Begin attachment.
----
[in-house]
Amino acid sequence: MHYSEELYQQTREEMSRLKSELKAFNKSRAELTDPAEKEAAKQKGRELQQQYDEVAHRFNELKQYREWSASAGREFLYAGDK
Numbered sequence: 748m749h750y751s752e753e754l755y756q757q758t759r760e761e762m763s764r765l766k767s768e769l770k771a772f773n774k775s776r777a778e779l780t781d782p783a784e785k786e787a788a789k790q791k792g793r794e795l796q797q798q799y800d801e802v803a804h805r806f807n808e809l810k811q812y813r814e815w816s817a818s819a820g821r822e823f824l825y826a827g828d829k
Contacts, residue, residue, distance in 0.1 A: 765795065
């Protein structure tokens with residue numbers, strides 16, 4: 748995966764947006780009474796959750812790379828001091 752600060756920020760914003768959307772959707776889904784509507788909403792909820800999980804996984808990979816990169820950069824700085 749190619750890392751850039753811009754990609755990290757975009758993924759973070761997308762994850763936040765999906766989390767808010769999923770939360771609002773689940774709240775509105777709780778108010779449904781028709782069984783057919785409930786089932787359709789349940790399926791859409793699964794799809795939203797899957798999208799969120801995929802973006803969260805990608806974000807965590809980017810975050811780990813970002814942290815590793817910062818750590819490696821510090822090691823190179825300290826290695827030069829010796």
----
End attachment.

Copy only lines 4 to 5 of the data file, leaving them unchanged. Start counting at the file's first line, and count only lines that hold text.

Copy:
Contacts, residue, residue, distance in 0.1 A: 765795065
């Protein structure tokens with residue numbers, strides 16, 4: 748995966764947006780009474796959750812790379828001091 752600060756920020760914003768959307772959707776889904784509507788909403792909820800999980804996984808990979816990169820950069824700085 749190619750890392751850039753811009754990609755990290757975009758993924759973070761997308762994850763936040765999906766989390767808010769999923770939360771609002773689940774709240775509105777709780778108010779449904781028709782069984783057919785409930786089932787359709789349940790399926791859409793699964794799809795939203797899957798999208799969120801995929802973006803969260805990608806974000807965590809980017810975050811780990813970002814942290815590793817910062818750590819490696821510090822090691823190179825300290826290695827030069829010796």